My electronic calendar reminds me it is the autumnal equinox and the first day of another season. Wildlife has its own calendars and clocks. The hummingbirds who pay hourly visits to our feeders didn’t turn up today. I saw only one Osprey flying over Powhatan Creek last week and it has probably left to join others in balmy Caribbean waters. Purple Grackles and Red-Winged Blackbirds are flocking, and other feathers are flying, though mostly unseen.
Bird migration has held me in thrall since senior student days long ago. I gave a nervous presentation to my department about a new Science paper that conflicted with the theories of one of our professors sitting in the front row. We know why migration happens, and expect it will be impacted by climate change, but how birds navigate thousands of miles, sometimes traveling as lone juveniles, is still poorly understood.
If a bird’s brain seems too small, how can an insect’s brain manage the task? We still have Monarchs filling up with nectar from Mexican sunflowers and Lantana. This last generation of the year will head to their wintering grounds in Mexico. To coin an overused word because I can’t think of a bigger one—the feat is AWESOME.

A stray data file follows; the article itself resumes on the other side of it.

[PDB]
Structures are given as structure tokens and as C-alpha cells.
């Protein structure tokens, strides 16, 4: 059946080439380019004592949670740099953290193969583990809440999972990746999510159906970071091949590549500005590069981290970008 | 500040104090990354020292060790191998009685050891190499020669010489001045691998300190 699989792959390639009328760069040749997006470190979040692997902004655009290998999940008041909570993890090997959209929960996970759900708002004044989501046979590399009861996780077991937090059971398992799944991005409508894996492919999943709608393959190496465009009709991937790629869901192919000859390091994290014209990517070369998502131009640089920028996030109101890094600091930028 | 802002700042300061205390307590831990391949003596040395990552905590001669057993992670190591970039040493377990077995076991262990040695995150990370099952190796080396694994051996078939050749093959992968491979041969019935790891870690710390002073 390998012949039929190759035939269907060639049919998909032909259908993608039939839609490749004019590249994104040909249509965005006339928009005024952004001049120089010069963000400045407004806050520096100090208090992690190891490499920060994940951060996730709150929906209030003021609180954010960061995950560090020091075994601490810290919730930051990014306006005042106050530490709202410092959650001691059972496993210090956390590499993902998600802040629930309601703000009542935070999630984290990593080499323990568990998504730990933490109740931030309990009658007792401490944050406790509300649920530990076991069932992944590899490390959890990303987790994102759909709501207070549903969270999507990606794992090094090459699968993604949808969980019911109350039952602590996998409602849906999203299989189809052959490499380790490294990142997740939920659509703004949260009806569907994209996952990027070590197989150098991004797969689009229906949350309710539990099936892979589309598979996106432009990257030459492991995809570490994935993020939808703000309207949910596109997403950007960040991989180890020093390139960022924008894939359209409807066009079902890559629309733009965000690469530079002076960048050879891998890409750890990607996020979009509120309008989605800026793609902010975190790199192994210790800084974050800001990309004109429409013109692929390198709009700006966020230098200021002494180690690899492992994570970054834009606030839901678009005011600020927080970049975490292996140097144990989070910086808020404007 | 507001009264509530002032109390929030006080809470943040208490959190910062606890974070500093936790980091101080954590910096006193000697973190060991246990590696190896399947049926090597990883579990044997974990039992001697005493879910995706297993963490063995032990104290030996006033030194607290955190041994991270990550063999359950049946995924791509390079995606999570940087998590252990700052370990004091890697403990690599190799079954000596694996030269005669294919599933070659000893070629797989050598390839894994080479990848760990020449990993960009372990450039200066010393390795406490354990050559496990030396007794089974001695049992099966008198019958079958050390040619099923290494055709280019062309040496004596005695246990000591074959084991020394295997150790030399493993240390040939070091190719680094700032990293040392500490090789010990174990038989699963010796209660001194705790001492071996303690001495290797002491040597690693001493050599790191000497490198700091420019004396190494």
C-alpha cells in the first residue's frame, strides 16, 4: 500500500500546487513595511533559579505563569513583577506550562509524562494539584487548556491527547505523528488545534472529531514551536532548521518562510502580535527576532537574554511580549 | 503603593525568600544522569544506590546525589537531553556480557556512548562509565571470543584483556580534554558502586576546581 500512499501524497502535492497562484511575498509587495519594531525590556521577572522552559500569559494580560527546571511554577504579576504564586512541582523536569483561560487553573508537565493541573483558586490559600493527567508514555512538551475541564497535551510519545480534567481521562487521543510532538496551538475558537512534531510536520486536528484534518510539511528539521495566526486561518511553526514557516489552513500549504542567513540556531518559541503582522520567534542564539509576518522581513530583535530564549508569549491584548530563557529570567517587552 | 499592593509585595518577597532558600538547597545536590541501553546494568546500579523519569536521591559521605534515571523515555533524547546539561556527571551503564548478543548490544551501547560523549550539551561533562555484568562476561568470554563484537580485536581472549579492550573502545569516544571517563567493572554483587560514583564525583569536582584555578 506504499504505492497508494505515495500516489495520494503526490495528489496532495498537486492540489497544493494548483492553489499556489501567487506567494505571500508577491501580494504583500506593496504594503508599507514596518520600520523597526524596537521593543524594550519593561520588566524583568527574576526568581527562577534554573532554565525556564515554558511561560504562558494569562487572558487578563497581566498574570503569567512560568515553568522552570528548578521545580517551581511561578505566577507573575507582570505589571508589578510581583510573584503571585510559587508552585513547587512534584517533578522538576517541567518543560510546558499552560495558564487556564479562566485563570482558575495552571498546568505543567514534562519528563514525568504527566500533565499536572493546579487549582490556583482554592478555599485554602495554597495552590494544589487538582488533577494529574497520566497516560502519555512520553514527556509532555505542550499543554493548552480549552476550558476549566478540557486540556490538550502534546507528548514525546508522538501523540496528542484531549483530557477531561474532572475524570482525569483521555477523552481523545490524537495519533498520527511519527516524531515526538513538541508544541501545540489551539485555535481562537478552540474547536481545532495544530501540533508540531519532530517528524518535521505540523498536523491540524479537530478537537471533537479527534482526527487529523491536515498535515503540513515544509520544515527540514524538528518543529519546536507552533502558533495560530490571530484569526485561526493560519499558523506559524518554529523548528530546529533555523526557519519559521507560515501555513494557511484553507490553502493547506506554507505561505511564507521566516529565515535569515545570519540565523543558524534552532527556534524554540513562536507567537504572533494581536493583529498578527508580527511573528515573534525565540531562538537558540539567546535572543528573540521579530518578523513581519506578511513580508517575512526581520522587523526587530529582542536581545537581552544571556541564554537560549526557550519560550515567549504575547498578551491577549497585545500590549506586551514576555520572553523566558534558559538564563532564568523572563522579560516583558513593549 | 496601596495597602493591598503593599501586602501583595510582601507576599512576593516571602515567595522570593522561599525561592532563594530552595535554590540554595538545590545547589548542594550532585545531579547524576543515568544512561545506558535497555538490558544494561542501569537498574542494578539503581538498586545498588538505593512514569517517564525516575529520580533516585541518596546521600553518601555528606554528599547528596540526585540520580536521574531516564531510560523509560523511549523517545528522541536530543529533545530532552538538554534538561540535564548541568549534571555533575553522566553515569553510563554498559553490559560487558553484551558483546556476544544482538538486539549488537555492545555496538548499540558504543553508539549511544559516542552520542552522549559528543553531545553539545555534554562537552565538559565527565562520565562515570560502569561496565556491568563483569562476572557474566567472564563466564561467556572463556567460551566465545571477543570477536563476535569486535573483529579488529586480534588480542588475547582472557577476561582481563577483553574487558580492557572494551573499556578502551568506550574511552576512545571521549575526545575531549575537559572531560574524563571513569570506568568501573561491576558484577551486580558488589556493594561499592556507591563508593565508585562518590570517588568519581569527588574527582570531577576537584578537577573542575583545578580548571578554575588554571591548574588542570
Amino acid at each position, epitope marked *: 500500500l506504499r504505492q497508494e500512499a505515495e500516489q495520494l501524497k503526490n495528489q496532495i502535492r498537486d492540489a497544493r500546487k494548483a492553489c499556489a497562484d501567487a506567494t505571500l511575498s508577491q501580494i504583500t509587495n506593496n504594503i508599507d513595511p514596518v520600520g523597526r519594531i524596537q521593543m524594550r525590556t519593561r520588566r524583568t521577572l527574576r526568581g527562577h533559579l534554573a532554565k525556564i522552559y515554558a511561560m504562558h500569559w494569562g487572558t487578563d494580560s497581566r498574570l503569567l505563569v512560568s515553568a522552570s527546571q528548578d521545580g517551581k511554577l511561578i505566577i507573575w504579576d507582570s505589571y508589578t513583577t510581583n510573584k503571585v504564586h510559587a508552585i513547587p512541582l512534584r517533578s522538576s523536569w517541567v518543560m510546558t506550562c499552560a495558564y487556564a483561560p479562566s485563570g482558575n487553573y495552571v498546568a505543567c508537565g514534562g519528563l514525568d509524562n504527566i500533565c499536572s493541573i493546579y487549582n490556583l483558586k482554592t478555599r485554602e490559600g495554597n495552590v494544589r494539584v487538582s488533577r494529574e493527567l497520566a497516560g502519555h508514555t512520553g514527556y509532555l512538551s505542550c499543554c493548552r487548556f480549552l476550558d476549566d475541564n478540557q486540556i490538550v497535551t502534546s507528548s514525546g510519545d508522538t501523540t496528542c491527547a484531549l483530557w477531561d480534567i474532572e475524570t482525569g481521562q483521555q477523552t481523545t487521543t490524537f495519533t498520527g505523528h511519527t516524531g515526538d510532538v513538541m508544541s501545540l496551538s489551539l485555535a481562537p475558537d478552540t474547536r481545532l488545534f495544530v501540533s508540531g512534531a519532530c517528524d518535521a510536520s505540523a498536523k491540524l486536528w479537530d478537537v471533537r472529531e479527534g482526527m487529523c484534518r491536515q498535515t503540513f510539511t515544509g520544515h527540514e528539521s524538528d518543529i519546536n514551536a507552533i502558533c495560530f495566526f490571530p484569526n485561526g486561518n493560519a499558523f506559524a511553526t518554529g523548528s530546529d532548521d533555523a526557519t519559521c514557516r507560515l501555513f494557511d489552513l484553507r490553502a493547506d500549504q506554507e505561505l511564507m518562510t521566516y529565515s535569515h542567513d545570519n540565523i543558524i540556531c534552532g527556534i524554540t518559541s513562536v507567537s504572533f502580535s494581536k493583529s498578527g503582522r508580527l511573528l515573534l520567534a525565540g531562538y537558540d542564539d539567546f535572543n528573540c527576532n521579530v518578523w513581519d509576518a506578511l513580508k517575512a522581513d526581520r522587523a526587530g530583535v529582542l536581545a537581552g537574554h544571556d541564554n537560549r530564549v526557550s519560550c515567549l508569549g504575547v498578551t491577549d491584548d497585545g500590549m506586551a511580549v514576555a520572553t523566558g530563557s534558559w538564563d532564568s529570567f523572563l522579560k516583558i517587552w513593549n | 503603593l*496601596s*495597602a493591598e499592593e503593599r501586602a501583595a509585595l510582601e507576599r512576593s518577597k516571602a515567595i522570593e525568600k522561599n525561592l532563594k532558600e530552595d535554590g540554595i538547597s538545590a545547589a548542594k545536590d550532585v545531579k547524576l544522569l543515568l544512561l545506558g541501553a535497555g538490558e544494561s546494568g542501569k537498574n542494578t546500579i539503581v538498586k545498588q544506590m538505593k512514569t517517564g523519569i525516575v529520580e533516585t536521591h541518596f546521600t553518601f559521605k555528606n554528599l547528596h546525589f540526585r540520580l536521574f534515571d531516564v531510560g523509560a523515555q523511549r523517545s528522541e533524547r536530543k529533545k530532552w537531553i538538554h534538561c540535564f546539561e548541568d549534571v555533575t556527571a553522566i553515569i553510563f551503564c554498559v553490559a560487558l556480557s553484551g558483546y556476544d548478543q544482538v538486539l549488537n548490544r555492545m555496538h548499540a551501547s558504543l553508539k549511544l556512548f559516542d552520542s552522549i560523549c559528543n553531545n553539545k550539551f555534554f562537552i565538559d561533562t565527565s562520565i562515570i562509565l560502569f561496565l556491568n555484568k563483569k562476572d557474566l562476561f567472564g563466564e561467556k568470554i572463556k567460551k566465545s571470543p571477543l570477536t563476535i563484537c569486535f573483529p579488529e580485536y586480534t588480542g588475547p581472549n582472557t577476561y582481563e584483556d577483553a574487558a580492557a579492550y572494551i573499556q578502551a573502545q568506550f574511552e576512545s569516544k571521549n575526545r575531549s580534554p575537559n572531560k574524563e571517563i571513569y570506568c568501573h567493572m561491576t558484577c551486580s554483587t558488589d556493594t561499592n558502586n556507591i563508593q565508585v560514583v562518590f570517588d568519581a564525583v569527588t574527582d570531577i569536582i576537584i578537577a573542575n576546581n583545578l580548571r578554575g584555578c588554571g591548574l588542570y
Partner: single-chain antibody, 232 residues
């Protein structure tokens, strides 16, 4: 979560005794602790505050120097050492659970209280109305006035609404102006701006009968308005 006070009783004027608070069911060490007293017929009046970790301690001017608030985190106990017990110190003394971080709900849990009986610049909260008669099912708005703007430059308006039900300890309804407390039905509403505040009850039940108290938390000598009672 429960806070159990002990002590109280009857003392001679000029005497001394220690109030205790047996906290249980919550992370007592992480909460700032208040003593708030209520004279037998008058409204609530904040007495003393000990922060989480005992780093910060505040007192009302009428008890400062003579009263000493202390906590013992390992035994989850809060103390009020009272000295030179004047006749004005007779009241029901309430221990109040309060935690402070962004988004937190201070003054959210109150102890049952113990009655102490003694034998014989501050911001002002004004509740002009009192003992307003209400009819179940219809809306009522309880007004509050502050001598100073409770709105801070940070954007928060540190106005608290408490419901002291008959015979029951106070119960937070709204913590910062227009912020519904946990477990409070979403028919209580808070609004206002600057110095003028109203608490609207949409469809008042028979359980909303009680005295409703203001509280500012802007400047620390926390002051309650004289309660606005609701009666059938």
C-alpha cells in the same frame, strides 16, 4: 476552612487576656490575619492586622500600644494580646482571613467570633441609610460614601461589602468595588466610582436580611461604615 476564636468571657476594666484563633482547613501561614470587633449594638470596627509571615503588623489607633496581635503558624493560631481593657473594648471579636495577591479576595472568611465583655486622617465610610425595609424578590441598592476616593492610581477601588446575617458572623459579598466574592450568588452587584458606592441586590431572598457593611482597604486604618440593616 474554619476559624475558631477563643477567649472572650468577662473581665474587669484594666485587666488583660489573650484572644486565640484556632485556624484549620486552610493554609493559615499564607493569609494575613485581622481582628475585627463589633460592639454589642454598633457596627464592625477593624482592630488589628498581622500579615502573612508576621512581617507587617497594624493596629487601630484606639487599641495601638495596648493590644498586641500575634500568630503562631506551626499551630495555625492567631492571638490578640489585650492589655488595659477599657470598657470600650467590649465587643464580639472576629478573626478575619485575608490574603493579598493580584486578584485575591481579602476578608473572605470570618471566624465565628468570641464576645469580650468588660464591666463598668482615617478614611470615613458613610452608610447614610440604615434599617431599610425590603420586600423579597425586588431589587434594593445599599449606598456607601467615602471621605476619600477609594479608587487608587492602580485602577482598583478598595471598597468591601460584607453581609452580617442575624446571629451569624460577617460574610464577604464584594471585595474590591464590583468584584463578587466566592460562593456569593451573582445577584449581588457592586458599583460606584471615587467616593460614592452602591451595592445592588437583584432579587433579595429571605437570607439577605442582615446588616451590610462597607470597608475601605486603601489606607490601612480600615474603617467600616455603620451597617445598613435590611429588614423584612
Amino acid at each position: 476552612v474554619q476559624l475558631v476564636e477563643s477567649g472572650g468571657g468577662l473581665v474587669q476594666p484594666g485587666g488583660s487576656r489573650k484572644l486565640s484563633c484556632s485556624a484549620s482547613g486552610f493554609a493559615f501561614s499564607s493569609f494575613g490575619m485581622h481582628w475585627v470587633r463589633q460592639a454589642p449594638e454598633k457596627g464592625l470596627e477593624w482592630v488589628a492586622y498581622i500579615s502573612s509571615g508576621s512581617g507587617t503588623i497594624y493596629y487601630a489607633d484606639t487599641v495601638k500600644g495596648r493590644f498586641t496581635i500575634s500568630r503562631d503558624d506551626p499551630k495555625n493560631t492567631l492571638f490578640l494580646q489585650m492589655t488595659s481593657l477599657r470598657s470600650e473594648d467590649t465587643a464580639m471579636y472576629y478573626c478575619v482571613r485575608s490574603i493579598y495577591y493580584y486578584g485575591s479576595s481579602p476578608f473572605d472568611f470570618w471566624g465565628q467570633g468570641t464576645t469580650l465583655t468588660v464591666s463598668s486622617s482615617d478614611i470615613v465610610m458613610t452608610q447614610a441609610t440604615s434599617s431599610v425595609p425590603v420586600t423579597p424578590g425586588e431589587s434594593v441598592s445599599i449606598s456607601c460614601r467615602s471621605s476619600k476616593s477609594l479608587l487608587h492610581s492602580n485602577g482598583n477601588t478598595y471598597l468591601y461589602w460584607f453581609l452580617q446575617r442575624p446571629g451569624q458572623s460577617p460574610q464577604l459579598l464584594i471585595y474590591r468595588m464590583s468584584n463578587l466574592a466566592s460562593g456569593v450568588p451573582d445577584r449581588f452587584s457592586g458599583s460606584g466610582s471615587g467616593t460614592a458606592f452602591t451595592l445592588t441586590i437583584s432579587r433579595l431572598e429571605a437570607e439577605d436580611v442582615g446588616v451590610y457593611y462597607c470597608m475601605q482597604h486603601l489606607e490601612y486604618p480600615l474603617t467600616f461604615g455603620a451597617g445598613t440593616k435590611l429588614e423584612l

If you are curious about local bird migration, I suggest googling Bird Cast. This tool was created by the Cornell Lab of Ornithology and academic partners using radar technology to detect flocks of migrating birds across the continent.
When I visited the website on September 11, it recorded 546,000 birds crossing my county (James City) the night before. The peak number was 51,000 at 11.10 PM. They traveled at an average speed of 16 mph and at 2,600 ft. Migration mostly occurs between dusk and dawn to avoid predators and rest and feed in the daytime. Only 78,100 birds traveled overhead last night, but migration will continue for many more weeks. Bird Cast doesn’t identify species (pending refinements from AI and machine-learning), but, based on other observations, the flocks probably included warblers, flycatchers, tanagers, orioles, and thrushes.
At this time of plenty, farming communities traditionally celebrated bringing in the harvest. Vivaldi represented it with zest from violins in his suite, The Four Seasons. Birds are busy, too, fattening up before a journey that depletes energy reserves and knowing that staying behind is courting starvation in winter. The violins play a mournful largo for that season when the countryside sleeps and our birds sing to foreign ears.